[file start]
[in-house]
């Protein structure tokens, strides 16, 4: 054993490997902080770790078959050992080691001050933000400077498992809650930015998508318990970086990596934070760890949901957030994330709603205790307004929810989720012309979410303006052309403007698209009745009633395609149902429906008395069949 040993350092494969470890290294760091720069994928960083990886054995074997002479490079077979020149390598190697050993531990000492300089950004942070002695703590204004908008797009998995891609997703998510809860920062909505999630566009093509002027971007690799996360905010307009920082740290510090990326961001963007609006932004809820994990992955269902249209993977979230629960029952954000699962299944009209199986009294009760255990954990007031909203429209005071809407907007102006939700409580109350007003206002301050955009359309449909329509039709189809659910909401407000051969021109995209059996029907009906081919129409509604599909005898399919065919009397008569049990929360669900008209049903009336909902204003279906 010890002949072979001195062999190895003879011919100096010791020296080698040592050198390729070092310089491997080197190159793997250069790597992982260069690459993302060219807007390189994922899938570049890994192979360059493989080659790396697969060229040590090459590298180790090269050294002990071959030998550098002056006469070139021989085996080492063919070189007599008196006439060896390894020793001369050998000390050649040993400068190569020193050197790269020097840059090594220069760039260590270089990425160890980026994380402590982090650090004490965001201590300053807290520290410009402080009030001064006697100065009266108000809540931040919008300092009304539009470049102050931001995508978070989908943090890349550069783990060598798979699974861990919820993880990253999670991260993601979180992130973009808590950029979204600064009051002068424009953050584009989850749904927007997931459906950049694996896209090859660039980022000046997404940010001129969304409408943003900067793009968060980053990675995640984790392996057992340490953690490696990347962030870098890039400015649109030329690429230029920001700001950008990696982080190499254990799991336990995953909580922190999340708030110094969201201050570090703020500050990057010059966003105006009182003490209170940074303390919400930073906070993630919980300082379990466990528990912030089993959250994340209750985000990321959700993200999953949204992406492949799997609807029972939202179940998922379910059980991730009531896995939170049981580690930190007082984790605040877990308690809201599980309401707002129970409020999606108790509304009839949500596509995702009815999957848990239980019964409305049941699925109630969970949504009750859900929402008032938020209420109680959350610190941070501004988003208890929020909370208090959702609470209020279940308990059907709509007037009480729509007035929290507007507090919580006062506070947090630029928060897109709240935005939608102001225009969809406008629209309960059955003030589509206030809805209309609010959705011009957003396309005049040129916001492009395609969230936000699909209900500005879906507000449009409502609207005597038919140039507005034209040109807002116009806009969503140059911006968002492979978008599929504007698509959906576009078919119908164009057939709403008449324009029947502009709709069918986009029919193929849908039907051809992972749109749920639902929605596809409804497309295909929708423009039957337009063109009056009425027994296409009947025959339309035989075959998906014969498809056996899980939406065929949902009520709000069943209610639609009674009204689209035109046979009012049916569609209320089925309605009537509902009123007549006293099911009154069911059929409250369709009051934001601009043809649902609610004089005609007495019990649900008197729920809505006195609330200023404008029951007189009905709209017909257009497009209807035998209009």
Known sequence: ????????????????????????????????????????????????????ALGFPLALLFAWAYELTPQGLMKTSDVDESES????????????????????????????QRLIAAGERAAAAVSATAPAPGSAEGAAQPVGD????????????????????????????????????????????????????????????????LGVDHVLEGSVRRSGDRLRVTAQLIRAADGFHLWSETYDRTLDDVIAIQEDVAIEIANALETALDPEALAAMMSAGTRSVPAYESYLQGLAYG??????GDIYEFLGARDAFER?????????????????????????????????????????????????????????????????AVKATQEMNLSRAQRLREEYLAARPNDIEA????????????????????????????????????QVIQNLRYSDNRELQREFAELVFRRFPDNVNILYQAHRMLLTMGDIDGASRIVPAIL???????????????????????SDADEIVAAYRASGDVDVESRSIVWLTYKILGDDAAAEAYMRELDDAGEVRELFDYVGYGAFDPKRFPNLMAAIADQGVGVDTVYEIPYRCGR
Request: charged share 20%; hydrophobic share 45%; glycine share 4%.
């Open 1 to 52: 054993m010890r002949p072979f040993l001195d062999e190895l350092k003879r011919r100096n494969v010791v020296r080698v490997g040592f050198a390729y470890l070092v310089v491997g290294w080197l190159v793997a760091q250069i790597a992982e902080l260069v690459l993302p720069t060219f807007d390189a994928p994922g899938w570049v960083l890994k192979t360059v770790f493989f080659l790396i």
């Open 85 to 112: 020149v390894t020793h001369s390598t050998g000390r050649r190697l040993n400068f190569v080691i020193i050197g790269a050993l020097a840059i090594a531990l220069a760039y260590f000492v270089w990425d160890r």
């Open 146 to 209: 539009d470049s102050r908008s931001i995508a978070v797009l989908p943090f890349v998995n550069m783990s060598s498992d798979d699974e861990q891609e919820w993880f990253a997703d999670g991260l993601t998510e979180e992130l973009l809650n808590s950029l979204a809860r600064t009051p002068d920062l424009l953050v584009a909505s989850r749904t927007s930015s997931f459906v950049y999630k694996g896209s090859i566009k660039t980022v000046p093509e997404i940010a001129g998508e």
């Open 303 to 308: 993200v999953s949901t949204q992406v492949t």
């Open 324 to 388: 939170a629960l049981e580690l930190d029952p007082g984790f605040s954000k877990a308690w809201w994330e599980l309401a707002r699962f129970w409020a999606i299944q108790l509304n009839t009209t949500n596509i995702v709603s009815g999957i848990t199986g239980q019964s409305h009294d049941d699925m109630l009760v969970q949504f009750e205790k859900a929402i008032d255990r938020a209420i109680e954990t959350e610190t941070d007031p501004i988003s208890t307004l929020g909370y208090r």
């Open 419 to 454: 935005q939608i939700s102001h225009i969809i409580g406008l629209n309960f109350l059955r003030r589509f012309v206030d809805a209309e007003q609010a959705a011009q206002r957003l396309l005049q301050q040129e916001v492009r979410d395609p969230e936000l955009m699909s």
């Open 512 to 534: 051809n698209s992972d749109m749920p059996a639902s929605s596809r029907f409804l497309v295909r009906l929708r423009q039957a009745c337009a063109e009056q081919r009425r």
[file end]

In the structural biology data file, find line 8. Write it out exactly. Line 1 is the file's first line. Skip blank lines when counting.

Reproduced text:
């Open 303 to 308: 993200v999953s949901t949204q992406v492949t």